Why is it that some people are so drawn to one location or choose to set up home in a particular area? What draws us in and pulls us towards places that we may have ever only encountered once in our lives?
Author Kate Morton beautifully uses language to explore similar questions throughout her book The Clock Maker’s Daughter. Published in 2018, the journey Morton weaves throughout history and space digs into these underlying feelings that we as humans hold for a place. She creates a visual path for her reader to walk along, allowing us to create a deep connection with the many characters we meet along the way.
We begin our journey with the modern-day protagonist Elodie Winslow, daughter of a deceased famous cellist, soon to be married to Alastair – a wealthy Londoner – who despite his adulthood is still a mummy’s boy. From the off, we get a sense that this is no fictional over-exaggerated love. Morton holds back on description, and the reader is almost left flat as if there must be something more to this seemingly rushed wedding overseen by an overpowering mother-in-law to be.
The reader is first introduced to the idea that something is about to unfold when Elodie locates an old satchel at work: “Open me, the satchel urged. Look inside.” As Elodie’s inquisitive nature is drawn in by this personified object, the reader learns that its “long journey might just be nearing its end”, thus providing us with the first hint of fate that a greater power is at work here. Inside lies work of the famous Victorian artist Edward Radcliffe, including a sketch of an enchanting house and a beautiful woman.
These two items send Elodie on her travels up the River Thames to Morton’s fictional Birchwood Manor, where the reader hopes she will begin to find some of the answers to our initial questions. Simultaneously we follow the story of a young Victorian woman, left by her father in a house of thieves, as he travels abroad to make a new life and the promise of her joining him. It is here that she learns how to pickpocket and runs into our aforementioned Edward Radcliffe.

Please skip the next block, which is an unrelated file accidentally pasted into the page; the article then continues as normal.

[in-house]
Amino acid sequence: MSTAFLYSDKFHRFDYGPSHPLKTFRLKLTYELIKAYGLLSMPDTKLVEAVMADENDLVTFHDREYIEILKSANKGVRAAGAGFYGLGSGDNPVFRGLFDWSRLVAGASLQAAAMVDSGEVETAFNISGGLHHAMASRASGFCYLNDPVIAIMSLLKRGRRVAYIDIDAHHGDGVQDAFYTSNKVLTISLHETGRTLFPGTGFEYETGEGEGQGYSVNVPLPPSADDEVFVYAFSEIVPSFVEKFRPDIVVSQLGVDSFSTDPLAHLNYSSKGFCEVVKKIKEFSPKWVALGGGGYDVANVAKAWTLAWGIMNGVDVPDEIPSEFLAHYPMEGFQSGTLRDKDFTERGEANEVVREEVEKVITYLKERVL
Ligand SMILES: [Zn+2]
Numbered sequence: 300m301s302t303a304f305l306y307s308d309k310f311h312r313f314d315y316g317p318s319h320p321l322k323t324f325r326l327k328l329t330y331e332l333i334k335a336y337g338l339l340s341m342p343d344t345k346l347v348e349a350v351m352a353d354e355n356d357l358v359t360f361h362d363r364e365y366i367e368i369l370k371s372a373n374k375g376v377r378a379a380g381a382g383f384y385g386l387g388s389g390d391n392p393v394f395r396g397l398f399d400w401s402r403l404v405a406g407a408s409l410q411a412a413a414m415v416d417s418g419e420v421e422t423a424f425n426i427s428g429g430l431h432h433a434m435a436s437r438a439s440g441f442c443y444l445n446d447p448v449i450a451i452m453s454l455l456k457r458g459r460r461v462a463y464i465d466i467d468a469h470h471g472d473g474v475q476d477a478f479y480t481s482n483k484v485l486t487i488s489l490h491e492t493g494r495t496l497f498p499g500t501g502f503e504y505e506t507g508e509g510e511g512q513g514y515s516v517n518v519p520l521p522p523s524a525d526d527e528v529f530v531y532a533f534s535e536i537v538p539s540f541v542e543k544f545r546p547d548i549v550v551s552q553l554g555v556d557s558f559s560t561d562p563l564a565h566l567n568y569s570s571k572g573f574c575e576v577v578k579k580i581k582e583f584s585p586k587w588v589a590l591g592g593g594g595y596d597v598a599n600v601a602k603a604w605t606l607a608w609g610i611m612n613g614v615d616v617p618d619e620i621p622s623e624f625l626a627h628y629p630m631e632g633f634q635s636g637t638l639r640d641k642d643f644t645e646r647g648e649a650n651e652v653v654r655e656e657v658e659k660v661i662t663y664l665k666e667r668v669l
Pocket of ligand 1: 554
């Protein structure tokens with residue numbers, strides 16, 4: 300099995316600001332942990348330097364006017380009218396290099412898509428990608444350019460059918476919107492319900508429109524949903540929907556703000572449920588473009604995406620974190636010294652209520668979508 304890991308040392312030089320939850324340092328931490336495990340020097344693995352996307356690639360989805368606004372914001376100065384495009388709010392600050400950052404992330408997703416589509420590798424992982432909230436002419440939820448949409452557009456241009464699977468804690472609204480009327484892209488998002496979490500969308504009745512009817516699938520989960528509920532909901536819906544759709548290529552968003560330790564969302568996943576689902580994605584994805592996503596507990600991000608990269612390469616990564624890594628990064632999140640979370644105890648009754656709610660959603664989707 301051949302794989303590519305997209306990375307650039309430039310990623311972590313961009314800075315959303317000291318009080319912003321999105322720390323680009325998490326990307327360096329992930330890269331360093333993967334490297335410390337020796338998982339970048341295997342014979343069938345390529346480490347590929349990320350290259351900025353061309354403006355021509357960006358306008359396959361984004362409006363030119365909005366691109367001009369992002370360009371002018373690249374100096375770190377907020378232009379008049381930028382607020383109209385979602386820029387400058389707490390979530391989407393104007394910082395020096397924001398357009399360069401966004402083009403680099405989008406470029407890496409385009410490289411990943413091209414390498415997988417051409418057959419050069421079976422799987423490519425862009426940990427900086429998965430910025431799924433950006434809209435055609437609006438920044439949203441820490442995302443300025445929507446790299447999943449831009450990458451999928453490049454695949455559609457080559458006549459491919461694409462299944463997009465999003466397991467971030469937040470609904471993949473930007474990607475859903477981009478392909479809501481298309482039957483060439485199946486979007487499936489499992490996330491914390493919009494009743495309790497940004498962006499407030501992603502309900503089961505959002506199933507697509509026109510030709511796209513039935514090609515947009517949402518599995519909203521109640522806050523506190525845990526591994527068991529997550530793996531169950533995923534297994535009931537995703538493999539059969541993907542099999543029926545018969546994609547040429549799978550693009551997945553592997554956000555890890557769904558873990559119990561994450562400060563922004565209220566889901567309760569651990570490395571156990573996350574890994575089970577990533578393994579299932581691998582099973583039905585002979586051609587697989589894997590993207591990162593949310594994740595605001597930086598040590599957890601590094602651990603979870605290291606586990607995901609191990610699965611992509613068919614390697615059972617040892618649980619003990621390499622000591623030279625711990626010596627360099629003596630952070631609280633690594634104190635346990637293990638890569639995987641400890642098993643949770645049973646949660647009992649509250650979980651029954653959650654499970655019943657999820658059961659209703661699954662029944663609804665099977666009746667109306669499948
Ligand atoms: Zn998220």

The shifts between first and third person narrative gives the reader a strong connection and empathy towards the mysterious ghostly figure who flits in and out between chapters, slowly but surely building her story. As a reader we are not scared of her, merely left with questions in which Morton unwinds over the book’s entirety, by providing more and more characters to add their meaning of place to Birdwood Manor.
Critics have knocked Morton for her over complex plot. Jess Righthand from the Washington Post stated: “Several chapters go by without a mention of our main protagonists, new central characters continue materializing past the halfway mark, at which point it would be nice to simply settle in to see what happens to those we’ve already come to know.” Yet, many may argue that this complexity is positive. Are you not fed up with literature spelling it out for you? If you are looking to push yourself, join this unwinding journey as we, the reader, are kept guessing right until the last pages.
Morton pulls the ending out the bag, twisting all the loose ends off into a nice bow. As stronger connections are formed and mysteries are solved, the reader is left fulfilled, all questions of the history of Birchwood Manor put to rest.
Ultimately, The Clock Maker’s Daughter is a maze of literature, and only at the end will you truly understand which real and fake ghosts haunt Birchwood Manor.
Image courtesy of goodreads.com